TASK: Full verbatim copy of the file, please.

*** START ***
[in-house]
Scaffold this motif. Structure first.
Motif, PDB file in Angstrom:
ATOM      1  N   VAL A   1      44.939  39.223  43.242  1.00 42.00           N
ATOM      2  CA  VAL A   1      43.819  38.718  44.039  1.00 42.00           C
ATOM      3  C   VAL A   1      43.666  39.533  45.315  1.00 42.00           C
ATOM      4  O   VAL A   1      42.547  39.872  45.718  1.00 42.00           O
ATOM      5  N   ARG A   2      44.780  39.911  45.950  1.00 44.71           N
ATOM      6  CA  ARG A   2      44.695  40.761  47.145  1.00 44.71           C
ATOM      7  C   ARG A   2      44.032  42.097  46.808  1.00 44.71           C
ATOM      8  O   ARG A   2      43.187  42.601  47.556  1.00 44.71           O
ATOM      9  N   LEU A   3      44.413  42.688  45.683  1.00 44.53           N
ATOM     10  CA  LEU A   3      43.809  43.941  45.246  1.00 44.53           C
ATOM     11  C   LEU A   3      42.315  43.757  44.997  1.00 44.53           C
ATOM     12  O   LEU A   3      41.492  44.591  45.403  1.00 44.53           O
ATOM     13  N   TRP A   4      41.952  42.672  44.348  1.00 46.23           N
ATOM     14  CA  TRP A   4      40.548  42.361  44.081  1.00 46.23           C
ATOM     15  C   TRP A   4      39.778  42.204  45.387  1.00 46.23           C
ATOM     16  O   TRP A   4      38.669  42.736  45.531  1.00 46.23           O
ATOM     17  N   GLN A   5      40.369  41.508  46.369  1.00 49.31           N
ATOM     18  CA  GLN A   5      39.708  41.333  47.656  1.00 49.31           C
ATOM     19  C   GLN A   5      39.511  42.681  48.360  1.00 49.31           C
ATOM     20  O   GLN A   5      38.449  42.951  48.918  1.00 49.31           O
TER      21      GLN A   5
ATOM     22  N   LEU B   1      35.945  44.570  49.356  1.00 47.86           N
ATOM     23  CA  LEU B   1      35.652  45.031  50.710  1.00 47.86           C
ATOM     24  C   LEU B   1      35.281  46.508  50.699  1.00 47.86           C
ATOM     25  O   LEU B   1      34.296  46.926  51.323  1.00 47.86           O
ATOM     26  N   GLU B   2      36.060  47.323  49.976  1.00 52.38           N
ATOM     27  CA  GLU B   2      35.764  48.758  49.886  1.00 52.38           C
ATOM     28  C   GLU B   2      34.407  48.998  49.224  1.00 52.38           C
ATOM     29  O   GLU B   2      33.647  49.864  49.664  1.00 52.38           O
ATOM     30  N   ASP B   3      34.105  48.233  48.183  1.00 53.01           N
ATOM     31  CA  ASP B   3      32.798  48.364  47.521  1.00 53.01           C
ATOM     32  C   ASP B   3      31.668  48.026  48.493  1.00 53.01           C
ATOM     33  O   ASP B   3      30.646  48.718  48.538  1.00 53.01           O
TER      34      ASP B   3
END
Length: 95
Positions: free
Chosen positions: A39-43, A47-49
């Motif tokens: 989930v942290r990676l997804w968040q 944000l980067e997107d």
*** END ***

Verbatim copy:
[in-house]
Scaffold this motif. Structure first.
Motif, PDB file in Angstrom:
ATOM      1  N   VAL A   1      44.939  39.223  43.242  1.00 42.00           N
ATOM      2  CA  VAL A   1      43.819  38.718  44.039  1.00 42.00           C
ATOM      3  C   VAL A   1      43.666  39.533  45.315  1.00 42.00           C
ATOM      4  O   VAL A   1      42.547  39.872  45.718  1.00 42.00           O
ATOM      5  N   ARG A   2      44.780  39.911  45.950  1.00 44.71           N
ATOM      6  CA  ARG A   2      44.695  40.761  47.145  1.00 44.71           C
ATOM      7  C   ARG A   2      44.032  42.097  46.808  1.00 44.71           C
ATOM      8  O   ARG A   2      43.187  42.601  47.556  1.00 44.71           O
ATOM      9  N   LEU A   3      44.413  42.688  45.683  1.00 44.53           N
ATOM     10  CA  LEU A   3      43.809  43.941  45.246  1.00 44.53           C
ATOM     11  C   LEU A   3      42.315  43.757  44.997  1.00 44.53           C
ATOM     12  O   LEU A   3      41.492  44.591  45.403  1.00 44.53           O
ATOM     13  N   TRP A   4      41.952  42.672  44.348  1.00 46.23           N
ATOM     14  CA  TRP A   4      40.548  42.361  44.081  1.00 46.23           C
ATOM     15  C   TRP A   4      39.778  42.204  45.387  1.00 46.23           C
ATOM     16  O   TRP A   4      38.669  42.736  45.531  1.00 46.23           O
ATOM     17  N   GLN A   5      40.369  41.508  46.369  1.00 49.31           N
ATOM     18  CA  GLN A   5      39.708  41.333  47.656  1.00 49.31           C
ATOM     19  C   GLN A   5      39.511  42.681  48.360  1.00 49.31           C
ATOM     20  O   GLN A   5      38.449  42.951  48.918  1.00 49.31           O
TER      21      GLN A   5
ATOM     22  N   LEU B   1      35.945  44.570  49.356  1.00 47.86           N
ATOM     23  CA  LEU B   1      35.652  45.031  50.710  1.00 47.86           C
ATOM     24  C   LEU B   1      35.281  46.508  50.699  1.00 47.86           C
ATOM     25  O   LEU B   1      34.296  46.926  51.323  1.00 47.86           O
ATOM     26  N   GLU B   2      36.060  47.323  49.976  1.00 52.38           N
ATOM     27  CA  GLU B   2      35.764  48.758  49.886  1.00 52.38           C
ATOM     28  C   GLU B   2      34.407  48.998  49.224  1.00 52.38           C
ATOM     29  O   GLU B   2      33.647  49.864  49.664  1.00 52.38           O
ATOM     30  N   ASP B   3      34.105  48.233  48.183  1.00 53.01           N
ATOM     31  CA  ASP B   3      32.798  48.364  47.521  1.00 53.01           C
ATOM     32  C   ASP B   3      31.668  48.026  48.493  1.00 53.01           C
ATOM     33  O   ASP B   3      30.646  48.718  48.538  1.00 53.01           O
TER      34      ASP B   3
END
Length: 95
Positions: free
Chosen positions: A39-43, A47-49
């Motif tokens: 989930v942290r990676l997804w968040q 944000l980067e997107d």